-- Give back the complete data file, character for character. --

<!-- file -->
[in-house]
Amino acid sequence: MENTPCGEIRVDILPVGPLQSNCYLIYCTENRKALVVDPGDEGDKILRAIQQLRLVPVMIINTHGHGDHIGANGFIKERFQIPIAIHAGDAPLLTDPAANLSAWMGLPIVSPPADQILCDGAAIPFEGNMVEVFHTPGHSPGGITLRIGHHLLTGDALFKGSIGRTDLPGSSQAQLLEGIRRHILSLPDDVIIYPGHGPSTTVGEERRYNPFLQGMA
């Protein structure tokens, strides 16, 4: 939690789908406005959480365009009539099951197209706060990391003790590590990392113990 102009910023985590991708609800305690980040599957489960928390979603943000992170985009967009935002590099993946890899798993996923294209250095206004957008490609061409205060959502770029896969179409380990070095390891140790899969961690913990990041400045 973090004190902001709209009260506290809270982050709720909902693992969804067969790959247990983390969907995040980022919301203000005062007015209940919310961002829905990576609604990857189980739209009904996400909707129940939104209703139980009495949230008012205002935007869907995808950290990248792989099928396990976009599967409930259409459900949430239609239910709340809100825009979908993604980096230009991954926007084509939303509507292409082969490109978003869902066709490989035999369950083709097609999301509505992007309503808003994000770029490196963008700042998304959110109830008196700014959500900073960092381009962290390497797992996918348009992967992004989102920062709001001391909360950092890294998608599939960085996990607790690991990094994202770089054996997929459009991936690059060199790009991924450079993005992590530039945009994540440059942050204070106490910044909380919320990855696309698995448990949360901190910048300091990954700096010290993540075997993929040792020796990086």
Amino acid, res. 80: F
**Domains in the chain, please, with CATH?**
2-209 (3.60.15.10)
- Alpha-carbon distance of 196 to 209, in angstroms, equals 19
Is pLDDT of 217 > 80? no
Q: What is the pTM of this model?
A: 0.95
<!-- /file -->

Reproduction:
[in-house]
Amino acid sequence: MENTPCGEIRVDILPVGPLQSNCYLIYCTENRKALVVDPGDEGDKILRAIQQLRLVPVMIINTHGHGDHIGANGFIKERFQIPIAIHAGDAPLLTDPAANLSAWMGLPIVSPPADQILCDGAAIPFEGNMVEVFHTPGHSPGGITLRIGHHLLTGDALFKGSIGRTDLPGSSQAQLLEGIRRHILSLPDDVIIYPGHGPSTTVGEERRYNPFLQGMA
């Protein structure tokens, strides 16, 4: 939690789908406005959480365009009539099951197209706060990391003790590590990392113990 102009910023985590991708609800305690980040599957489960928390979603943000992170985009967009935002590099993946890899798993996923294209250095206004957008490609061409205060959502770029896969179409380990070095390891140790899969961690913990990041400045 973090004190902001709209009260506290809270982050709720909902693992969804067969790959247990983390969907995040980022919301203000005062007015209940919310961002829905990576609604990857189980739209009904996400909707129940939104209703139980009495949230008012205002935007869907995808950290990248792989099928396990976009599967409930259409459900949430239609239910709340809100825009979908993604980096230009991954926007084509939303509507292409082969490109978003869902066709490989035999369950083709097609999301509505992007309503808003994000770029490196963008700042998304959110109830008196700014959500900073960092381009962290390497797992996918348009992967992004989102920062709001001391909360950092890294998608599939960085996990607790690991990094994202770089054996997929459009991936690059060199790009991924450079993005992590530039945009994540440059942050204070106490910044909380919320990855696309698995448990949360901190910048300091990954700096010290993540075997993929040792020796990086």
Amino acid, res. 80: F
**Domains in the chain, please, with CATH?**
2-209 (3.60.15.10)
- Alpha-carbon distance of 196 to 209, in angstroms, equals 19
Is pLDDT of 217 > 80? no
Q: What is the pTM of this model?
A: 0.95